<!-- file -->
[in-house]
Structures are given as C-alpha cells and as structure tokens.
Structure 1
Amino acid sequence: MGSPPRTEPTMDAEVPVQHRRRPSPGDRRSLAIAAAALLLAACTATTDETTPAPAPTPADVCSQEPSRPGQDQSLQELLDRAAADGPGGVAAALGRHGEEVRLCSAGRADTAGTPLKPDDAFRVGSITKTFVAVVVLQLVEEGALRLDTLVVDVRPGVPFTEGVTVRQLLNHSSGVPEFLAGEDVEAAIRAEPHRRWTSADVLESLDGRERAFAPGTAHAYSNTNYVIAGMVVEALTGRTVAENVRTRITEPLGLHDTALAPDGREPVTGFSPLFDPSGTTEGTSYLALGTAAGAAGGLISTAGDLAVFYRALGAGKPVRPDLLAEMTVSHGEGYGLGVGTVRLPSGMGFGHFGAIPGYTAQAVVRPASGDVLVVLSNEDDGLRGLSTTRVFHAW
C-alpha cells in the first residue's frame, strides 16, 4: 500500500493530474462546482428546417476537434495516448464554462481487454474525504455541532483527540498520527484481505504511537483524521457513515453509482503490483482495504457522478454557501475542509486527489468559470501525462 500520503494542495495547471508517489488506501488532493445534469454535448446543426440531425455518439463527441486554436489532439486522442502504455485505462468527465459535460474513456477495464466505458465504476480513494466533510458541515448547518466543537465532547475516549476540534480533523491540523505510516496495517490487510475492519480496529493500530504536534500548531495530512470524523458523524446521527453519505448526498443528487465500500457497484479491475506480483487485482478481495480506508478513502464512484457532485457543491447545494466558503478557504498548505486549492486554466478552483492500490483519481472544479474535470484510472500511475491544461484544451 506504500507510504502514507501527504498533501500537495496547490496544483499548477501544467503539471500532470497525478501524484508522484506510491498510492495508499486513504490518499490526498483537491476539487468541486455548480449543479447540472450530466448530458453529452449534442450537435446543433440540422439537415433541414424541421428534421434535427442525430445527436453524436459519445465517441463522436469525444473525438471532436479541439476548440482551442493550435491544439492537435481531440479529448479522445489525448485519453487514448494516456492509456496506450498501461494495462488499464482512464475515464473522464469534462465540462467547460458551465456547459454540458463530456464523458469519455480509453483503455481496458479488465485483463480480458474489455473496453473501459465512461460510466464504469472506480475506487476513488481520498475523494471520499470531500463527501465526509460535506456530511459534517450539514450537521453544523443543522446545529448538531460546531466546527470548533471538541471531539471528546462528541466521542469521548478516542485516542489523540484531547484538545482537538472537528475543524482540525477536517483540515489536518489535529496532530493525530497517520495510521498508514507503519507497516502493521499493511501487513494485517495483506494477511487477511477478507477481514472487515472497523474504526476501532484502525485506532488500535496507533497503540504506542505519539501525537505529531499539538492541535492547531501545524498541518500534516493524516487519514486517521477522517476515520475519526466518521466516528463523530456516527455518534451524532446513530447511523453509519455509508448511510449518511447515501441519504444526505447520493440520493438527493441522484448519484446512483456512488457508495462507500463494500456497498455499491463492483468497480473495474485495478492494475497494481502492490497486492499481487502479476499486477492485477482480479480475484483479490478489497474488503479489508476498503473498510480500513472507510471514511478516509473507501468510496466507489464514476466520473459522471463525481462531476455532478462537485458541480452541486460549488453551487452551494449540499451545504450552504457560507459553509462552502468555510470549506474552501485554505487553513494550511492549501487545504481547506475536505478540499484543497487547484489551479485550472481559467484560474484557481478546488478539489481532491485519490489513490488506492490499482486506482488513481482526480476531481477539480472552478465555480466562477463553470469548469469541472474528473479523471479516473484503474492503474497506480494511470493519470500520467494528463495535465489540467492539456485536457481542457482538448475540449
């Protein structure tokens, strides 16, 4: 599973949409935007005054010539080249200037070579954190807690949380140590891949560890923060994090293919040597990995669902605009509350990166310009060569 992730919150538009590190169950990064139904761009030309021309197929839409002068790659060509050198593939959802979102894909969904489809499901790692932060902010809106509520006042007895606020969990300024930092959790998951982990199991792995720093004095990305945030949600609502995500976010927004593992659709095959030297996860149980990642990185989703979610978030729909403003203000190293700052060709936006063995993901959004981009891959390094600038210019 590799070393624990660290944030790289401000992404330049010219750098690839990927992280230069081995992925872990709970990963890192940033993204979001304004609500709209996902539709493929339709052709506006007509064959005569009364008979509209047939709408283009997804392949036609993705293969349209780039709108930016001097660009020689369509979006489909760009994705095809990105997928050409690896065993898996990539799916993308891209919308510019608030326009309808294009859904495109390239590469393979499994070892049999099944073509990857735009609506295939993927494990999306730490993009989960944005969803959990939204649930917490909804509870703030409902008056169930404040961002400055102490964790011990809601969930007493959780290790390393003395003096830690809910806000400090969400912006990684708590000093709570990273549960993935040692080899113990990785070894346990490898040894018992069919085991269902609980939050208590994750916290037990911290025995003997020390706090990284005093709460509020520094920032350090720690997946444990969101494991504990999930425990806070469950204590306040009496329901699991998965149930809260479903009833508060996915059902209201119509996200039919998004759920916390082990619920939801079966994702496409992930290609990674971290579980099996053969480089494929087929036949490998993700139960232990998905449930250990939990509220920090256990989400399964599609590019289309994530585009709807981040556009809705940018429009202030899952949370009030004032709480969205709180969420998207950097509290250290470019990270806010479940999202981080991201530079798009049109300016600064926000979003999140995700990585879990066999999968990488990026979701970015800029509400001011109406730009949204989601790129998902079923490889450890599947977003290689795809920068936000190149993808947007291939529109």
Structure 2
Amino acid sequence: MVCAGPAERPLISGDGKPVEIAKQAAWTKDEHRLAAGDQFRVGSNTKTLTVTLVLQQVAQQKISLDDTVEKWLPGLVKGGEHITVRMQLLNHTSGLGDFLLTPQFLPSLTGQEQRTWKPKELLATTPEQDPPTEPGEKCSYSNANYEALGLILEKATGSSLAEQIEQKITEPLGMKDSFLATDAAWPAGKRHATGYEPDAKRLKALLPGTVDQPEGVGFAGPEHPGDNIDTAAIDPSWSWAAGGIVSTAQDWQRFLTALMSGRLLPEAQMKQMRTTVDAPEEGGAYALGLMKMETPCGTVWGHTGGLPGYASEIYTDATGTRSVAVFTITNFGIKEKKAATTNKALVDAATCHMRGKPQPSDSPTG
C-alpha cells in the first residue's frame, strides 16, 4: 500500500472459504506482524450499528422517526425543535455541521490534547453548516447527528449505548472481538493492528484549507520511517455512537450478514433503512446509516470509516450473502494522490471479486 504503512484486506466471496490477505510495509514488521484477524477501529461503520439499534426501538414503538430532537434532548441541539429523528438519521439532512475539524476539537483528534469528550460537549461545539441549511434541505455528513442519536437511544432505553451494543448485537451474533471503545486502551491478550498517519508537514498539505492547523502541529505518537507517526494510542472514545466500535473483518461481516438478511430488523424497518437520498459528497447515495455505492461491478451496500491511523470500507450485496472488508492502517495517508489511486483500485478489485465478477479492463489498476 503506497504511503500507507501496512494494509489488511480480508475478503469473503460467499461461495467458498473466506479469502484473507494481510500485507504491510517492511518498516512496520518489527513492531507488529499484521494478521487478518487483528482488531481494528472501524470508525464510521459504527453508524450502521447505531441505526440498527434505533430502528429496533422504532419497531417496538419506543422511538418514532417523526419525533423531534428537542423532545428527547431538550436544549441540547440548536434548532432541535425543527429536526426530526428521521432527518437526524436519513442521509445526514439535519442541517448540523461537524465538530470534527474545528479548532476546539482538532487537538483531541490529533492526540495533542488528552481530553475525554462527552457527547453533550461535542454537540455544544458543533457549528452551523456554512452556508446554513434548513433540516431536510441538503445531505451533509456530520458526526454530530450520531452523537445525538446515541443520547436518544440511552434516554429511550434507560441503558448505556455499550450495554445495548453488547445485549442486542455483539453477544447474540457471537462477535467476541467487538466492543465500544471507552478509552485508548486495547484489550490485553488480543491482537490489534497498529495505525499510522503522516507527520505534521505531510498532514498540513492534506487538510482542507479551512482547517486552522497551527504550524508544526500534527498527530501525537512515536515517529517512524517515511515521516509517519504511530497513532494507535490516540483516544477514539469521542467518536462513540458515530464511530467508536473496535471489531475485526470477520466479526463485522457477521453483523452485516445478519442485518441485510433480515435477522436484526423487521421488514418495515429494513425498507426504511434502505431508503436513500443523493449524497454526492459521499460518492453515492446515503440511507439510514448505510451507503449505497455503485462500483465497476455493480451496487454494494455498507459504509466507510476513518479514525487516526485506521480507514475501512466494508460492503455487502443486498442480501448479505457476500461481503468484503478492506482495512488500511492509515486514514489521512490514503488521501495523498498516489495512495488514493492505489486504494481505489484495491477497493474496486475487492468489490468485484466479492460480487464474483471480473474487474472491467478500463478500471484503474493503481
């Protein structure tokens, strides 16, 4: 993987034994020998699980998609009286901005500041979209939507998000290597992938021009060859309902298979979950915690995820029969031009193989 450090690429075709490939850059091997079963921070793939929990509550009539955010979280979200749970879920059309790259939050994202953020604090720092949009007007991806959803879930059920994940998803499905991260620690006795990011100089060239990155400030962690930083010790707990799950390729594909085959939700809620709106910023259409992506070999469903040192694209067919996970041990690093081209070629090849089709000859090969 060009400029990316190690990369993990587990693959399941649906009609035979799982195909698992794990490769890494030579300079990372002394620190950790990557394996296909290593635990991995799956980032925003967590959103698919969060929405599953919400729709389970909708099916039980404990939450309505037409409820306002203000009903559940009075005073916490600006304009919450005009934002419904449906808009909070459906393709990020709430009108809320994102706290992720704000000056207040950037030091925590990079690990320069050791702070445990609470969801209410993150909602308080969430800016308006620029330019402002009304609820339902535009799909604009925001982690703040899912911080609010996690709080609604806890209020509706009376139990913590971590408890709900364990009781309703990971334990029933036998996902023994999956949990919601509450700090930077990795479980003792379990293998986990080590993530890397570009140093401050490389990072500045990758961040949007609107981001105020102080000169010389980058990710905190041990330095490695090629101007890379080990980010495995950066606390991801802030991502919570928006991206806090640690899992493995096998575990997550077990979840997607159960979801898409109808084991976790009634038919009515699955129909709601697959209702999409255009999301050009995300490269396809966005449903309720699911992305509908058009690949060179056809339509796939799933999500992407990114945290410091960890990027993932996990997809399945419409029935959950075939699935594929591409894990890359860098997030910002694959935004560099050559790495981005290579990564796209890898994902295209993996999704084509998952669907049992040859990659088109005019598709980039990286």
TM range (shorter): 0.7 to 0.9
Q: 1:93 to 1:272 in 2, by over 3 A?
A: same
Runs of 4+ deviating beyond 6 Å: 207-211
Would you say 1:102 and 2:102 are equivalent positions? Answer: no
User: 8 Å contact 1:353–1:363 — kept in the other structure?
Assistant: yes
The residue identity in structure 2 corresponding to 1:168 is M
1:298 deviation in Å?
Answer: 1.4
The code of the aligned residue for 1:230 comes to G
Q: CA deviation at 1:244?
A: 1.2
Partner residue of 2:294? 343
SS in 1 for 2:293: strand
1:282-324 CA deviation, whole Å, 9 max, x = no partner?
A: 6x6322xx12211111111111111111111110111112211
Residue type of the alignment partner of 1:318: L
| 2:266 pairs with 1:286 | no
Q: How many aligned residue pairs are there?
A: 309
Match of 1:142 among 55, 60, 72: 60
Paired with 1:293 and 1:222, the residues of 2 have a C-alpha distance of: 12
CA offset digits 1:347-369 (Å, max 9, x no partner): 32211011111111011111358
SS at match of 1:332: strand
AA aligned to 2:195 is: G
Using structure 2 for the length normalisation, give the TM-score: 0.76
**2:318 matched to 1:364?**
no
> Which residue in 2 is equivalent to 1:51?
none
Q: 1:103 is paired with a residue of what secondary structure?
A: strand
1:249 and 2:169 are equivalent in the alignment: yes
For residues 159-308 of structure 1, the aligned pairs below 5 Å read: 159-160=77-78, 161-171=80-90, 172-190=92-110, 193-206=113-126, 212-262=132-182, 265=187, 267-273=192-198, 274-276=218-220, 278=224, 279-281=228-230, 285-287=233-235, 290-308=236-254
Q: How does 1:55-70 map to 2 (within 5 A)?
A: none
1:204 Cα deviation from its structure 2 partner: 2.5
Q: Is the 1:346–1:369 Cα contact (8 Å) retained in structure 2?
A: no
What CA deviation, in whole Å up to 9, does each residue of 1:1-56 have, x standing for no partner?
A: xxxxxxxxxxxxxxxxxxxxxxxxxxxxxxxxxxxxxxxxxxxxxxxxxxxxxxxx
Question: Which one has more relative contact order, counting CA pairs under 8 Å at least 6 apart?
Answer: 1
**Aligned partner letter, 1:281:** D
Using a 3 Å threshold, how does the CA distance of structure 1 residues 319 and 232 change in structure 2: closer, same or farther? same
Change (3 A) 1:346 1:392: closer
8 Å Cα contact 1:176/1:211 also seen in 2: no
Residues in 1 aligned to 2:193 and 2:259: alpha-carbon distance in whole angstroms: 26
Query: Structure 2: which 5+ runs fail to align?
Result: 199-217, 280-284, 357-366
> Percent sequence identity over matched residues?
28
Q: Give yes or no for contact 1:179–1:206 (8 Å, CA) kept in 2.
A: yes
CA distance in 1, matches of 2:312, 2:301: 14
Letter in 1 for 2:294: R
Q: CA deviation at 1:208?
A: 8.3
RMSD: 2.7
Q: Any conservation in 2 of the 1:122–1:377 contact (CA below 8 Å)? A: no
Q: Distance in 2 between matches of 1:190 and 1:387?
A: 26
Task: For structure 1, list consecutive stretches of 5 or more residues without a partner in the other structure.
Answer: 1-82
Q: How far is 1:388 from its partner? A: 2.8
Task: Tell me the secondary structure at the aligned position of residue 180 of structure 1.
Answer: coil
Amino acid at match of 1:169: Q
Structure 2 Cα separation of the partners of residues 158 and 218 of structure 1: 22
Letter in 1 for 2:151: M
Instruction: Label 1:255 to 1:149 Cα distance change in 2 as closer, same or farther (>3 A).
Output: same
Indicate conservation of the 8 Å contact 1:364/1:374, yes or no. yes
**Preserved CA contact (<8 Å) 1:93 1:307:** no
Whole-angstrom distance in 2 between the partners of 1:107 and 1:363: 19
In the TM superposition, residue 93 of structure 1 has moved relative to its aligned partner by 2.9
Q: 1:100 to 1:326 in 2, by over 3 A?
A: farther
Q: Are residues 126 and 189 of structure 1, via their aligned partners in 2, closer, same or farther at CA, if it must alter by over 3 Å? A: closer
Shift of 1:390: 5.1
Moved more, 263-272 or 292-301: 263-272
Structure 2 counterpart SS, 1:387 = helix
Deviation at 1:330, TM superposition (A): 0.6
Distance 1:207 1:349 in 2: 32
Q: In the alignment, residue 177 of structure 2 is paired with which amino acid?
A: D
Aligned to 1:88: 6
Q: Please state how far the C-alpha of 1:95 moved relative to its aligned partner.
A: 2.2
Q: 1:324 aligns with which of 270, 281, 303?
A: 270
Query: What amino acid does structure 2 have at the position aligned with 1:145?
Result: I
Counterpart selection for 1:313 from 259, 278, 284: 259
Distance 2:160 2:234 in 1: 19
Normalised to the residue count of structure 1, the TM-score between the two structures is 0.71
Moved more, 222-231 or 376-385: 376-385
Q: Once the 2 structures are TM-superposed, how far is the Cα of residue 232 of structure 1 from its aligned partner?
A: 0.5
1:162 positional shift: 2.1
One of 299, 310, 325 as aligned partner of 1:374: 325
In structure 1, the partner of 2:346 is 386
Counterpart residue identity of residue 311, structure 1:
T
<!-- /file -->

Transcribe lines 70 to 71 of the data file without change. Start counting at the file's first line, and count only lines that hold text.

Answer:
RMSD: 2.7
Q: Any conservation in 2 of the 1:122–1:377 contact (CA below 8 Å)? A: no